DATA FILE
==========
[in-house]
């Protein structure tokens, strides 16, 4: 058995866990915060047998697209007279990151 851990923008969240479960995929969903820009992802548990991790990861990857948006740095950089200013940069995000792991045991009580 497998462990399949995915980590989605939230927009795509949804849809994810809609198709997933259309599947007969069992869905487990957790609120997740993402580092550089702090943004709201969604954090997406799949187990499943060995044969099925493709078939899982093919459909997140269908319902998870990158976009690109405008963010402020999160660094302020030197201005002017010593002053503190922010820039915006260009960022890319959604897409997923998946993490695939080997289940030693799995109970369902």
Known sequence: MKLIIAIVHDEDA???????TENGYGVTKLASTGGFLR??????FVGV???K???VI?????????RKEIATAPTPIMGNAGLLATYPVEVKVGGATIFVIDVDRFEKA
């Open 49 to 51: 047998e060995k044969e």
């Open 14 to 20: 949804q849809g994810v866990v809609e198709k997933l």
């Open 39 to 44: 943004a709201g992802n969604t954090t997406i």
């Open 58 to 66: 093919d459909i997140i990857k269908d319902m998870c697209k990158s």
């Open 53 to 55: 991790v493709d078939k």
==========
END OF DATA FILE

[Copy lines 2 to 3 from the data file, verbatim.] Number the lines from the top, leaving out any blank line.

């Protein structure tokens, strides 16, 4: 058995866990915060047998697209007279990151 851990923008969240479960995929969903820009992802548990991790990861990857948006740095950089200013940069995000792991045991009580 497998462990399949995915980590989605939230927009795509949804849809994810809609198709997933259309599947007969069992869905487990957790609120997740993402580092550089702090943004709201969604954090997406799949187990499943060995044969099925493709078939899982093919459909997140269908319902998870990158976009690109405008963010402020999160660094302020030197201005002017010593002053503190922010820039915006260009960022890319959604897409997923998946993490695939080997289940030693799995109970369902």
Known sequence: MKLIIAIVHDEDA???????TENGYGVTKLASTGGFLR??????FVGV???K???VI?????????RKEIATAPTPIMGNAGLLATYPVEVKVGGATIFVIDVDRFEKA